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Can Red Food Dye Cause Inflammatory Bowel Disease?

A pile of colorful candies

New research raises concerns that one of the most common dyes used in processed foods could harm gut health and increase the risk of inflammatory bowel disease.

The study published in Nature Communications focused on a synthetic food coloring commonly known as Red Dye 40. The study showed continual exposure to the dye harmed gut health and cause inflammation in mice.

The red dye is used in cereals, beverages, gelatins, puddings, dairy products and candy, according to the U.S. Food and Drug Administration. Brands that use Red Dye 40 include Skittles, Doritos and Twizzlers.

All food color additives, including Red Dye 40, require FDA approval. The agency says food dyes are safe when used in accordance with regulations, which stipulate types of foods they can be used in, maximum amounts and labeling requirements.

The safety of food dyes has been controversial, and the FDA over the years has banned several red dyes and others.

Researchers who conducted the study said the red dye increases production of the hormone serotonin in the gut of mice, altering the composition of microorganisms. That led to increased susceptibility of inflammation. The effect has not been proven in humans.

Causes and Symptoms of IBD

Inflammatory bowel disease (IBD) includes Crohn’s and ulcerative colitis. More than 3 million people in the United States have been diagnosed with IBD.

The exact causes of IBD aren’t known, but genetics, immune system function and environmental triggers are thought to play a role. Common symptoms of IBD include:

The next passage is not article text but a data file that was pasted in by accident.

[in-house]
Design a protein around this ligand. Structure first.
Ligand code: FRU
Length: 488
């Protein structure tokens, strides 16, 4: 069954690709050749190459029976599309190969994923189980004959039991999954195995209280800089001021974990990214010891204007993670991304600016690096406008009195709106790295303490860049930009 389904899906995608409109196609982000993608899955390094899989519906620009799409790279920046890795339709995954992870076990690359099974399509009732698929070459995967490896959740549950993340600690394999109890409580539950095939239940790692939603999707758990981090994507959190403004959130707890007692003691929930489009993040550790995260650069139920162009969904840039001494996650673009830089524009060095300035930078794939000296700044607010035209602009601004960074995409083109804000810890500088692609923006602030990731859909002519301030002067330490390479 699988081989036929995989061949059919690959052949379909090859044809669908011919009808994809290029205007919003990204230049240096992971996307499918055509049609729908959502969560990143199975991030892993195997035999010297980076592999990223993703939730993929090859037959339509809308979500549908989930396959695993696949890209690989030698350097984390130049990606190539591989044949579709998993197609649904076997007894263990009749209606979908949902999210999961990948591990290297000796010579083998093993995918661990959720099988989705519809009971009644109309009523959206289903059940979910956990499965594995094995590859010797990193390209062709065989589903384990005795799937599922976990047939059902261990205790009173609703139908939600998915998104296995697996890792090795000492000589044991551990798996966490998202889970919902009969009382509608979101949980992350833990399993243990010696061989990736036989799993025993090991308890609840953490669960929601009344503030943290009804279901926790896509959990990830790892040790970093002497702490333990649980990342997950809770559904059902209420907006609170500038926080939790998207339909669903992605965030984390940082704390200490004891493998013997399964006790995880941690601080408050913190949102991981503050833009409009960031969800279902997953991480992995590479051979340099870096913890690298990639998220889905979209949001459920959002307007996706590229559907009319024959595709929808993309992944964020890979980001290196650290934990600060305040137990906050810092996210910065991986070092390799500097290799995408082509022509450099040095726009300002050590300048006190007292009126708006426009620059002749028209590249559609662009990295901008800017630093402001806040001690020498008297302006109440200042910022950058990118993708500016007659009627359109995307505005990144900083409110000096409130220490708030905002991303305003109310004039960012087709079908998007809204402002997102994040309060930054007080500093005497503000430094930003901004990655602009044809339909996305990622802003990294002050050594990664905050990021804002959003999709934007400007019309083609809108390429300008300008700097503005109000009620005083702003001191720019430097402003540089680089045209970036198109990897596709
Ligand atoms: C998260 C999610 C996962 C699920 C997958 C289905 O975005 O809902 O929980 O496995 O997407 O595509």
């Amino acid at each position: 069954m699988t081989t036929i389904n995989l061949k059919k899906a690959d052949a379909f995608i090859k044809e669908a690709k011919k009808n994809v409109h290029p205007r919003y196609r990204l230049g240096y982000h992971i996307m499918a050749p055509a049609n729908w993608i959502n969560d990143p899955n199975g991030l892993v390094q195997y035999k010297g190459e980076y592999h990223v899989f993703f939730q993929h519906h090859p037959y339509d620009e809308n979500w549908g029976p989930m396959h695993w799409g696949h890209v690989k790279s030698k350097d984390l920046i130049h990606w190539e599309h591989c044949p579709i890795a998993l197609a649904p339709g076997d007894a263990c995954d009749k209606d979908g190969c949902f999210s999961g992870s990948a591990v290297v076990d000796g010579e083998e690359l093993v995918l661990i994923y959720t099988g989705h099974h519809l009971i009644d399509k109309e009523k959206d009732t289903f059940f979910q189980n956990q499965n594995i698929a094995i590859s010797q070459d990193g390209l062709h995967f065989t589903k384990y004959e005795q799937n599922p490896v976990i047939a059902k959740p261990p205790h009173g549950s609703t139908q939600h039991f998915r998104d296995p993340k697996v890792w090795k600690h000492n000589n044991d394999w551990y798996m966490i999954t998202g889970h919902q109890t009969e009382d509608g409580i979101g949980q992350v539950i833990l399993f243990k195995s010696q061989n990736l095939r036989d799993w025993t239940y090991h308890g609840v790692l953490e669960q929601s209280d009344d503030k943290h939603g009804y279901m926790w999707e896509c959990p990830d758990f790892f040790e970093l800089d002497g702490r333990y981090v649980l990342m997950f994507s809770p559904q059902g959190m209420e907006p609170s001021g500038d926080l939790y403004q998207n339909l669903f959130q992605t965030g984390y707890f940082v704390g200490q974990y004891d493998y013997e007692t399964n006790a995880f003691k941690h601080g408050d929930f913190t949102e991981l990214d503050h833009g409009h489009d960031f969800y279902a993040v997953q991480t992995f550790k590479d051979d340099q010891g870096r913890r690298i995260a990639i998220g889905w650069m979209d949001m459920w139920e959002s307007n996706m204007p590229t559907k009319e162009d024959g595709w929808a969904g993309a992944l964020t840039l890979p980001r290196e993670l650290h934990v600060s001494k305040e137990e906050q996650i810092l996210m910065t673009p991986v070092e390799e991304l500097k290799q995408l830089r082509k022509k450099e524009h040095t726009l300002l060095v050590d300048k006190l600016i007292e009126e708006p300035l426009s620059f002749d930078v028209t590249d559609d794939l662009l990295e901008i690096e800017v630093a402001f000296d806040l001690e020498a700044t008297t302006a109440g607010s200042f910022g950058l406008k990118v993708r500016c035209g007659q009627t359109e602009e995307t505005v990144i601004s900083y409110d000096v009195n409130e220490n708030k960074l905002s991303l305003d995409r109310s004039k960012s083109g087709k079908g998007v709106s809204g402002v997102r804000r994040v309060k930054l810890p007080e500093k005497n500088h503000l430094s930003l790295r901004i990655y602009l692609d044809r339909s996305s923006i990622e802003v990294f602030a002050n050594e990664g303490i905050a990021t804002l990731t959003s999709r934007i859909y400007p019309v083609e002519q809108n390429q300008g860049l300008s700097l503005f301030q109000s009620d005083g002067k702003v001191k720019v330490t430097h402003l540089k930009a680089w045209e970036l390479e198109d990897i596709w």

• Persistent diarrhea
  • Abdominal pain.
  • Rectal bleeding/bloody stools.
  • Weight loss.
  • Fatigue.

It’s difficult to know exactly what in our diets might be linked to the development of IBD, says University Hospitals registered dietitian Elizabeth Traxler, RD, LD.

“We know that chronic inflammation in the gut from our environment can weaken the gut barrier lining, which allows for harmful microbes to enter and displace the healthy groups,” Traxler says.

“Studies on frequent exposure to food additives like red dye suggest it may be a contributing factor to gut dysfunction. But we don’t know at what amount and frequency it increases our risk.”

Researchers from the Canadian study said use of synthetic food dyes is on the rise, and previous studies suggest Allura Red can also affect certain allergies, immune disorders and behavior problems in children, such as attention deficit hyperactivity disorder.

The FDA says on its website it has reviewed the effects of color additives on children’s behavior and that most children have no adverse effects. The FDA acknowledges some evidence suggests that certain children may be sensitive to food dyes.

How to Know If Red Dye 40 Is in Food

It would be hard to determine if restaurant food contains the red dye. But on packaged food, the FDA requires food manufacturers to list ingredients, including color additives. Look for the following on packaging labels:

  • Red 40
  • Red 40 Lake
  • FD&C Red No. 40
  • Food Red 17
  • Allura Red AC

Traxler says the best strategy for gut health is to increase intake of foods that strengthen gut function, such as whole grains, fruits, vegetables, beans, olive oil, fatty fish, nuts, seeds and fermented foods.

Related Links

University Hospitals has a team of clinical dietitians with the knowledge and experience to help you achieve total, balanced nutrition; reach or maintain an optimum weight; and prevent or manage chronic health conditions through dietary strategies.

The University Hospitals Rainbow Pediatric Inflammatory Bowel Disease Center is the first of its kind in the region, where children and adolescents with inflammatory bowel disease (IBD) can receive the most advanced care possible.